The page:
With over 1.2 million COVID-19 vaccine doses administered, the Ministry of Health has only ten reports of adverse reactions. These include blood clots and myocarditis.
At the ministry’s COVID-19 update on Wednesday, Minister of Health Terrence Deyalsingh compared this figure to the 1800-plus deaths among unvaccinated people.
Deyalsingh said the eligible population for COVID-19 vaccines was approximately 1 million adults and an estimated 100,000 children between the ages of 12-18. Up until Wednesday, the number of people with a complete vaccine regime (one and two-dose vaccines) was 630,781, representing 45.1 per cent of the population.
In terms of partial vaccinations, there were 634,603, representing 45.3 per cent. So far, 6639 people have received their additional primary dose. With less than 50 per cent complete vaccination, Deyalsingh said this was not good enough.
He said society now has a role to play in how T&T navigates the pandemic moving forward.
While some people believe their immune system can fight COVID-19, Dr Chad Bisambar says the risk of severe illness and death is higher in diabetic patients.
Bisambar is an endocrinologist, diabetologist and COVID-19 consultant at the North Central Regional Health Authority.
He said approximately 13 per cent of the population is diabetic.
November is Diabetes Awareness Month, and as the country observed World Diabetes Day last week Sunday, he said people needed to manage their conditions.
Bisambar refers patients to the Intensive Care Unit (ICU) and the High Dependency Unit (HDU) of the Couva Hospital and Mutiltraining Facility daily. Many of them have uncontrolled diabetes and require intravenous insulin for control.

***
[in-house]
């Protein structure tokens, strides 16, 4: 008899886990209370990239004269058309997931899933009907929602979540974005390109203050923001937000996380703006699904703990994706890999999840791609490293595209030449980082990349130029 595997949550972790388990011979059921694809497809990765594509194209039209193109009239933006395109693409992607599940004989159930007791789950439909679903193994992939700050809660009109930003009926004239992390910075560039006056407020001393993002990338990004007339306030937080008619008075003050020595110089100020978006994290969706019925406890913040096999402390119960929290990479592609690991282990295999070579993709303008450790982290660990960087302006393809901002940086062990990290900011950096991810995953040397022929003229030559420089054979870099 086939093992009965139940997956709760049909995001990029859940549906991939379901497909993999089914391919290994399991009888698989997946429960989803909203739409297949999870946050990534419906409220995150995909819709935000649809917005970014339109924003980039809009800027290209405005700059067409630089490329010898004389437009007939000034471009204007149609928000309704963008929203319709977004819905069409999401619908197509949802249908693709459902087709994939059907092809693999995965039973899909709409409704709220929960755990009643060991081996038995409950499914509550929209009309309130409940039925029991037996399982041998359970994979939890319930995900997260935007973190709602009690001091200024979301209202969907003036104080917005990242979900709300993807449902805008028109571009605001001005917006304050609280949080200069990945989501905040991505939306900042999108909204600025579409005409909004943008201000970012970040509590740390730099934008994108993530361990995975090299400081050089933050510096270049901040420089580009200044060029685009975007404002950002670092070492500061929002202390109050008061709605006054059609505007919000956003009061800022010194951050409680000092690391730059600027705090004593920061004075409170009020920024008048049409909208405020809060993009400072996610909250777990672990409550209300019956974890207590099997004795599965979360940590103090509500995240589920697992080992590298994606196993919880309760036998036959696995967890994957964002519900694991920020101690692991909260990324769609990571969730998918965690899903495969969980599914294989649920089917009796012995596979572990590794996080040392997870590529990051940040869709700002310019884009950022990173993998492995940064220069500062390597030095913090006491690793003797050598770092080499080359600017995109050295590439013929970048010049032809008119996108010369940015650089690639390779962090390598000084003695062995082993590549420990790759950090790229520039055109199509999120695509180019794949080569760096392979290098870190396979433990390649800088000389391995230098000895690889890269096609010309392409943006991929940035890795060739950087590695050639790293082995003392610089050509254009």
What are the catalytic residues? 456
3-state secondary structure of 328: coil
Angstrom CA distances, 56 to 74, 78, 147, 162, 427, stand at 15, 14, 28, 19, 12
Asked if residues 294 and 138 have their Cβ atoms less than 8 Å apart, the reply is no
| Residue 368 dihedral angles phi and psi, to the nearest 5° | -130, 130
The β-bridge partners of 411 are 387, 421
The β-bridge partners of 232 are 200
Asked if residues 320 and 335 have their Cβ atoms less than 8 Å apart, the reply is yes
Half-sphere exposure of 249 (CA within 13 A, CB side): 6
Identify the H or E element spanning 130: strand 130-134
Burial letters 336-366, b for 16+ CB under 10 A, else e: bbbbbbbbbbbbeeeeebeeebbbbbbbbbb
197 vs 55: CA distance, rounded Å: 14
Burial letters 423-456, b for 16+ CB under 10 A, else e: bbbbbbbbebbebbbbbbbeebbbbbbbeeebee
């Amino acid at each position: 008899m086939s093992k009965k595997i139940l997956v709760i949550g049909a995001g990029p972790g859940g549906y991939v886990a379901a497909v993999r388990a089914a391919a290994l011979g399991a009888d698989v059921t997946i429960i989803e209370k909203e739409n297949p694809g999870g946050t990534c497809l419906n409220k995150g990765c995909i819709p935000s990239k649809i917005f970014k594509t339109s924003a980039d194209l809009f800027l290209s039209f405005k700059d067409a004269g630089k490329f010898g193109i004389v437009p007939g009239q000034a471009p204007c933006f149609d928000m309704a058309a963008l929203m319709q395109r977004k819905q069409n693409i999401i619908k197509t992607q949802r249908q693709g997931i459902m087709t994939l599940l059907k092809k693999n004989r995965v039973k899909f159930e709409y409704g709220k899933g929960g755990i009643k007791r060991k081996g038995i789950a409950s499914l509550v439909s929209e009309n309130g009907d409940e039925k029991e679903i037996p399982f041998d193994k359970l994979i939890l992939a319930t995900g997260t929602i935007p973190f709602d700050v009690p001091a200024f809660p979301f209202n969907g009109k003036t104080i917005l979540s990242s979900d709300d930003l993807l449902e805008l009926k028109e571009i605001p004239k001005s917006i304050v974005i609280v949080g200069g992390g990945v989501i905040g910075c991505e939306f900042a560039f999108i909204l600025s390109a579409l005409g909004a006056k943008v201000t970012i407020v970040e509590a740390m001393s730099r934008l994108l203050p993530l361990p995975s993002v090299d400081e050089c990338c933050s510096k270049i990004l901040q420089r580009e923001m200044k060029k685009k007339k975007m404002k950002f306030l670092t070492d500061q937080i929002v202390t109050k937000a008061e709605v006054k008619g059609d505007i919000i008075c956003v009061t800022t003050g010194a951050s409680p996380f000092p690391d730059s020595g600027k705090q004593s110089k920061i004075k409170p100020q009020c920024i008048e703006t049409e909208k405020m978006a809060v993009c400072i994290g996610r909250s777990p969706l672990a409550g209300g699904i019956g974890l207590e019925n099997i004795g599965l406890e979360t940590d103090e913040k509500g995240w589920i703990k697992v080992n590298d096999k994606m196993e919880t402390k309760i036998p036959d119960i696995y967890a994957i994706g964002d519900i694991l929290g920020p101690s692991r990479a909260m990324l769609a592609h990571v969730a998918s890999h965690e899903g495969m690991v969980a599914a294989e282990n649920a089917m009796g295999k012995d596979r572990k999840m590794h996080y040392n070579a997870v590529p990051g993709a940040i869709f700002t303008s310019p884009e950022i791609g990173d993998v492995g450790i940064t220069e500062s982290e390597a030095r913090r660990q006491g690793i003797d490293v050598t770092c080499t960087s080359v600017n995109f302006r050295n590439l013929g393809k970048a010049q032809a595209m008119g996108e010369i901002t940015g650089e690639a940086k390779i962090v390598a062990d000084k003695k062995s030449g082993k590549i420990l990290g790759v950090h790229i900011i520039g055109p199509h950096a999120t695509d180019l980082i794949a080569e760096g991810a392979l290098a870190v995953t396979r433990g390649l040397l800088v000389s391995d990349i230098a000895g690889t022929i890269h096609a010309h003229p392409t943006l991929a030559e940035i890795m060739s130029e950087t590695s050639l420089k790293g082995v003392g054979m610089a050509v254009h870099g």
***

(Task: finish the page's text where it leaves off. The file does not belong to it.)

However, he said that if a person manages their diabetes well, there is a lesser likelihood of their COVID-19 infection becoming severe.
“We do know that COVID-19 can cause insulin resistance, and it is now reported to affect the pancreas itself that produces insulin. Certain medication that we use for COVID-19 infection includes steroids. That can also cause high blood glucose levels,” Bisambar said.
Medical teams are now screening patients with high blood glucose levels for diabetes on admittance because many are asymptomatic and do not know they have diabetes.
Bisambar said all approved COVID-19 vaccines are safe and effective for people with diabetes as it builds antibodies and teaches their immune system how to fight the coronavirus.
Among the side effects of the vaccine is high blood sugar levels.
He is advising diabetic people to monitor their sugar levels up to 48 hours after receiving their shots.
Apart from ensuring they follow all public health guidelines, he advises them to take all their medication recommended by their doctor.
He also said people with diabetes should have a supply of medication to last for a month. It would be helpful in case they have to quarantine. —KEVON FELMINE